Accusations of electoral fraud in Guinea’s Presidential Election

Protesters in Guinea

Dozens of people, most of them women, took to the streets of the capital city Conakry to peacefully protest against what they said was fraud in the June 27 election. Security forces in Guinea fired teargas to disperse the protest against alleged electoral fraud, called in defiance of a government ban on public demonstrations. The Former Prime Minister Cellou Dalein Diallo won the poll with nearly 40 percent of the vote and will go forward into the July 18 run-off with second-placed Alpha Conde, according to provisional results released last week.

But losing parties in the poll, widely seen as the Guinea’s best chance in half a century of securing democratic civilian rule, said they have evidence of rigging such as ballot-stuffing and falsified voters’ cards.  In a statement on state television late on Sunday, caretaker prime minister Jean-Marie Dore said  “I will not accept any public order disturbance by people contesting things for which they have no proof and while the Supreme Court has not pronounced its verdict.”  Candidates have eight days from Monday to lodge formal complaints with the Supreme Court, which will rule on the validity of the election within three days.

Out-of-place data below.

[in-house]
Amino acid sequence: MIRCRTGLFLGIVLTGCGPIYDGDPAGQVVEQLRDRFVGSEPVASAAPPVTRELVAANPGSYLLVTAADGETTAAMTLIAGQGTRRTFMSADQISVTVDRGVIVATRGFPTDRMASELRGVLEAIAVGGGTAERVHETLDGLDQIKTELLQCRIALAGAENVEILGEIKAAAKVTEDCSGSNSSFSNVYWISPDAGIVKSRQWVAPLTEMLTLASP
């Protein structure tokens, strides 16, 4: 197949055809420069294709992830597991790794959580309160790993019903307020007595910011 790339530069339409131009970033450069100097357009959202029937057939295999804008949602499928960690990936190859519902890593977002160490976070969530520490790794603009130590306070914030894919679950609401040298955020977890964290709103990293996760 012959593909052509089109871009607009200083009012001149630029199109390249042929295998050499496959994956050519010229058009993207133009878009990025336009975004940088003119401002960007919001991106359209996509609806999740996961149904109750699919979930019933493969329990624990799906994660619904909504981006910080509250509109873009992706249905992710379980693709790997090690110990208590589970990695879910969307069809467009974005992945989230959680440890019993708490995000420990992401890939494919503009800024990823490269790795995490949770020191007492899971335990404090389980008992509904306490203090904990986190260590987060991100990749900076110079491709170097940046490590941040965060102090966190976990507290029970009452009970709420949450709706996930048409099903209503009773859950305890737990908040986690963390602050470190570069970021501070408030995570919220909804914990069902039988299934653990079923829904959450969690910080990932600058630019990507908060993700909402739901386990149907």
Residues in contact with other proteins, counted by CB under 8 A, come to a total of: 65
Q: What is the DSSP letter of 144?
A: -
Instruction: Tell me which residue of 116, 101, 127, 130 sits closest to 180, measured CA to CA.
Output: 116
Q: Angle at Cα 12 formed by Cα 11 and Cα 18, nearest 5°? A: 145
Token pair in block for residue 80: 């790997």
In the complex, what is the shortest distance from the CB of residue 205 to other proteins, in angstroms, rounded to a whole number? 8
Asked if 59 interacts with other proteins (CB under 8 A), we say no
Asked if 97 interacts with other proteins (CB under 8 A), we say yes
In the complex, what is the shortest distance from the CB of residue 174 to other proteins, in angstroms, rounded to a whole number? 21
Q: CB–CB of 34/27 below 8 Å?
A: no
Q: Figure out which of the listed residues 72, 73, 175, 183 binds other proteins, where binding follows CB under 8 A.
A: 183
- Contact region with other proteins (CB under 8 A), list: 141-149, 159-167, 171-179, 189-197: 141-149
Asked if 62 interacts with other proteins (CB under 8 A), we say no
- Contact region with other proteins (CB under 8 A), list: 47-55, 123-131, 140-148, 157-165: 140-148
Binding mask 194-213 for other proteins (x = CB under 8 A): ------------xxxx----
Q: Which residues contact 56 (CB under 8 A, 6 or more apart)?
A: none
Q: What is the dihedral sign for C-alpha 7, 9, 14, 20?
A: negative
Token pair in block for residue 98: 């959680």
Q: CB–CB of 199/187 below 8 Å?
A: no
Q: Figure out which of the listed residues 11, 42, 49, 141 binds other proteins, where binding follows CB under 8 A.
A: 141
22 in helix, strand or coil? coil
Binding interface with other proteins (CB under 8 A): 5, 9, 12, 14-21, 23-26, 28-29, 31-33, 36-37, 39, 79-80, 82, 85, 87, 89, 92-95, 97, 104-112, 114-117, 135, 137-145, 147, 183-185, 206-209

Reports coming out of Guinea states that a peaceful group of several dozen protesters, mainly women dressed in red, crossed the centre of the capital city, holding placards accusing interim head of state General Sekouba Konate of preventing a free election. Security forces were in close attendance. The party of third-placed Sidya Toure, a former prime minister, is among those who called rallies in the central Kaloum district for Monday. Many of the demonstrators said they supported Toure’s Union of Republican Forces (UFR) party.

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